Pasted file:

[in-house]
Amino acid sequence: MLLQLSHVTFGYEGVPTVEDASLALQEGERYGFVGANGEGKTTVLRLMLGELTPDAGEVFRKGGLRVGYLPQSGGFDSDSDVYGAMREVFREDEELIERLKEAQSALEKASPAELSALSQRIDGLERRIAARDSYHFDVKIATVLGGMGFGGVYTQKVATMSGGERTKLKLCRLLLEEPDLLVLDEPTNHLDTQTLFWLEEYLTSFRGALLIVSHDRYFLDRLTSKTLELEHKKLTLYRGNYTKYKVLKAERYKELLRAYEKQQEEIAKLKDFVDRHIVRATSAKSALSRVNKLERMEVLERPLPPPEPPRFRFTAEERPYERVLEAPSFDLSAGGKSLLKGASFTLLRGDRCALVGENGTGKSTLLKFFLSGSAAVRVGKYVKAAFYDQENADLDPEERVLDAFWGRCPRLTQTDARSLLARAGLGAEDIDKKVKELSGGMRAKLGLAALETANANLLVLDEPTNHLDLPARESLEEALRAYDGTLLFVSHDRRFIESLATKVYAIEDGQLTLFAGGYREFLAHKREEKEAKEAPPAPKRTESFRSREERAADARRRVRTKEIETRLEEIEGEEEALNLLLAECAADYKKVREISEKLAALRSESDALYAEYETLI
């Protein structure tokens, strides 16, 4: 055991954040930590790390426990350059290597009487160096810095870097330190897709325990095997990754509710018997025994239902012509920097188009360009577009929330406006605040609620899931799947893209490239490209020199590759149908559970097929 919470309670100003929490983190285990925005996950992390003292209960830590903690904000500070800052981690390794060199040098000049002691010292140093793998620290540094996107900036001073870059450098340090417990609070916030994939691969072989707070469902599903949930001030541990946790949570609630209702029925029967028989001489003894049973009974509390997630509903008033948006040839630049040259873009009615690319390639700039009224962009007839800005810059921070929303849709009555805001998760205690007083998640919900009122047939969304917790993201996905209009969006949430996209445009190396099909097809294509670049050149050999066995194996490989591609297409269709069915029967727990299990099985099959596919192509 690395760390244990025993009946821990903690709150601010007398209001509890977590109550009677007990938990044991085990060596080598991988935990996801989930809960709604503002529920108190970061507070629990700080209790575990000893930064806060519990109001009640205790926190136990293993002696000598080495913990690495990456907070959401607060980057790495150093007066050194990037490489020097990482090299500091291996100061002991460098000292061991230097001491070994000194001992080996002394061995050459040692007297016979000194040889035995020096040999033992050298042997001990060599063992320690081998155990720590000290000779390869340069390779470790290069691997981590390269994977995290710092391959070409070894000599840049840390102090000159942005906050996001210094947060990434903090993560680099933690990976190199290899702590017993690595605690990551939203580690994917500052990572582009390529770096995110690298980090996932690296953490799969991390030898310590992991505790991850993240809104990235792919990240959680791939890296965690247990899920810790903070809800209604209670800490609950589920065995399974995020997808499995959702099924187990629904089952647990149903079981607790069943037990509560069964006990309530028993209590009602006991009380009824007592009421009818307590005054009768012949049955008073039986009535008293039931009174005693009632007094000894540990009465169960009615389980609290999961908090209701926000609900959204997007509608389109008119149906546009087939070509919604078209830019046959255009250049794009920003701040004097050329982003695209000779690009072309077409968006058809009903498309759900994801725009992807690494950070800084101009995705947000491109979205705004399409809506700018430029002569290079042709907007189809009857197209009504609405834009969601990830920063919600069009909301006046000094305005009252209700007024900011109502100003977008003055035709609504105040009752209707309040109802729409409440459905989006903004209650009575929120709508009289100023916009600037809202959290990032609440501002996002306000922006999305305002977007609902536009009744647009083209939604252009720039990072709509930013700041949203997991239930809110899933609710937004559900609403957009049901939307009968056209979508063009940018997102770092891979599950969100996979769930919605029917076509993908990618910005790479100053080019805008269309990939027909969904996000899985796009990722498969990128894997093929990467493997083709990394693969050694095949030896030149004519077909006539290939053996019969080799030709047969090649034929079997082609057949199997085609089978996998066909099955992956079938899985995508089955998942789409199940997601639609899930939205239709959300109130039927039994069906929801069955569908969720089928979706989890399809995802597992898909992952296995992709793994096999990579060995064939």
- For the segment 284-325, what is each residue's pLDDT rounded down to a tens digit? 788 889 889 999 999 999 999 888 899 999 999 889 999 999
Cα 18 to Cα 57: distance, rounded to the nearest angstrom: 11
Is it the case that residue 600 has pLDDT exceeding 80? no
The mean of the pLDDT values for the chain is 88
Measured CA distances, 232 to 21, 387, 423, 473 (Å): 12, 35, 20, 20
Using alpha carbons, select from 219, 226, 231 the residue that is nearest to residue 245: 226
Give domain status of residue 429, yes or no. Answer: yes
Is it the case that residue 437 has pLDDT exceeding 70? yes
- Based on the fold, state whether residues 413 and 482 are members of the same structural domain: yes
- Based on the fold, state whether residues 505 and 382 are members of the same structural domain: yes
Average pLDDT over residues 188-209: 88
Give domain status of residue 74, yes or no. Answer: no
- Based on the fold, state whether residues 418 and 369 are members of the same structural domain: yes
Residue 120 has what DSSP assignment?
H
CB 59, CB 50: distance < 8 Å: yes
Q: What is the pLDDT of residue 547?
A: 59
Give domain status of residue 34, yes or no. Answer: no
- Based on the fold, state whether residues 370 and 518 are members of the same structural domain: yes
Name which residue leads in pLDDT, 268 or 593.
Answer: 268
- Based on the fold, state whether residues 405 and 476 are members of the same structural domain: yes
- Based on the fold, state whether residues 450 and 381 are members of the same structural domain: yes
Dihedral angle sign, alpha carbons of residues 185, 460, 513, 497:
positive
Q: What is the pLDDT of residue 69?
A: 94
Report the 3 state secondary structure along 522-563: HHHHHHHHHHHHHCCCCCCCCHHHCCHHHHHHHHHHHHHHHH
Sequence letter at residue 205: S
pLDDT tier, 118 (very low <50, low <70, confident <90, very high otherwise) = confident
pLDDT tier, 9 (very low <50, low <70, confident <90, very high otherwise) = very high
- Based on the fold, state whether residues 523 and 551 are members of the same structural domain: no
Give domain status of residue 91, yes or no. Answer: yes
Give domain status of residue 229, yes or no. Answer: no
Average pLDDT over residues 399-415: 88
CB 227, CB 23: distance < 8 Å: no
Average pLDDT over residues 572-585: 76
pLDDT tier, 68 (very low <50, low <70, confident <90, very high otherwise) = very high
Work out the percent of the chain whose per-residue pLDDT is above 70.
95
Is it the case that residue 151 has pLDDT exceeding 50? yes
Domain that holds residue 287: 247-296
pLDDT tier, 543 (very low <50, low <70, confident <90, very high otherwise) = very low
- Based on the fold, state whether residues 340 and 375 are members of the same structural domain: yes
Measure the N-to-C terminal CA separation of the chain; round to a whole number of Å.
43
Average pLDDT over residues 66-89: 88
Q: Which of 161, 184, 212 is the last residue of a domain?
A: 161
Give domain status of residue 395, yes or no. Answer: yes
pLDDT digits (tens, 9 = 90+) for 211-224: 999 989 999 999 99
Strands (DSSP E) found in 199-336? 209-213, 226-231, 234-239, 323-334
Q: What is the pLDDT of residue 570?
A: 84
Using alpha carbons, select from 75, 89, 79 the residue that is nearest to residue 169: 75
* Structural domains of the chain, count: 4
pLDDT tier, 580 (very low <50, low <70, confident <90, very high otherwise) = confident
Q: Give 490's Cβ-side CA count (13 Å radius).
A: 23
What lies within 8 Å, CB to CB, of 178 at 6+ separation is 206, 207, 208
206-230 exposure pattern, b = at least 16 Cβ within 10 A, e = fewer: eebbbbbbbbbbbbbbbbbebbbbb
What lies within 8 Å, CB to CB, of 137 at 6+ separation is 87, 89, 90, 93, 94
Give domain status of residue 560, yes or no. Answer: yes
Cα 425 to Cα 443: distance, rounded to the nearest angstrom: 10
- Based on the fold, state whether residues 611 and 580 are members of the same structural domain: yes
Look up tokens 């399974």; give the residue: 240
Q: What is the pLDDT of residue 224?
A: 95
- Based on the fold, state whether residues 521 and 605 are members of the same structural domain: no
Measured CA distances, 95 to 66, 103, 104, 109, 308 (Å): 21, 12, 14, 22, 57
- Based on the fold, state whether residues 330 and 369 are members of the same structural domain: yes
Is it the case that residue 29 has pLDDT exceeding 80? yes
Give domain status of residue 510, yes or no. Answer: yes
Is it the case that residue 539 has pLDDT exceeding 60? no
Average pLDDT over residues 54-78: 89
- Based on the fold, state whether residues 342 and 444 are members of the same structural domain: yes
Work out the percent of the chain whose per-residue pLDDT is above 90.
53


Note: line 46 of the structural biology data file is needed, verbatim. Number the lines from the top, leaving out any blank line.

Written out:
Domain that holds residue 287: 247-296